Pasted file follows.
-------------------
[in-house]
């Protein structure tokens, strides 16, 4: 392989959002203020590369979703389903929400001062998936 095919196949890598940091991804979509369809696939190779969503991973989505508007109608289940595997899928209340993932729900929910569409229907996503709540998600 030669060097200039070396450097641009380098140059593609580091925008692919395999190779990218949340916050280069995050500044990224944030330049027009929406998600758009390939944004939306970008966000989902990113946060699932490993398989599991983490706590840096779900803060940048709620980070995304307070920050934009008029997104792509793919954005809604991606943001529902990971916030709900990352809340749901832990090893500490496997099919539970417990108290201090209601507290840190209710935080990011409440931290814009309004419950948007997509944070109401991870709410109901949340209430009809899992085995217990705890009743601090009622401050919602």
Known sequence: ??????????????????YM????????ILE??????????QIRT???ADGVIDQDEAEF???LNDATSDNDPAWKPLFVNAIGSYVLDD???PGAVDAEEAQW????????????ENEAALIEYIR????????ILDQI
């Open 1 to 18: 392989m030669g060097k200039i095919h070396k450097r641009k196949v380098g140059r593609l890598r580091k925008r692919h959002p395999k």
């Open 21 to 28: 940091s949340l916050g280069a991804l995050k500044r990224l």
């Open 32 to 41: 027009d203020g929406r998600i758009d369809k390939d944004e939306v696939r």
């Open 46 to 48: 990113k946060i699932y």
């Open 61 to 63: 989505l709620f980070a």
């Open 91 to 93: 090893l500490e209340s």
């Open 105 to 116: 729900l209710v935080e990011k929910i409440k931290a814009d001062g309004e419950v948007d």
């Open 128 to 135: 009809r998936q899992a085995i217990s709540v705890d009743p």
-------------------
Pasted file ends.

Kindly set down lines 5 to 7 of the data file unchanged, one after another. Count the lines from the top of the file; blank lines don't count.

């Open 21 to 28: 940091s949340l916050g280069a991804l995050k500044r990224l």
């Open 32 to 41: 027009d203020g929406r998600i758009d369809k390939d944004e939306v696939r």
């Open 46 to 48: 990113k946060i699932y």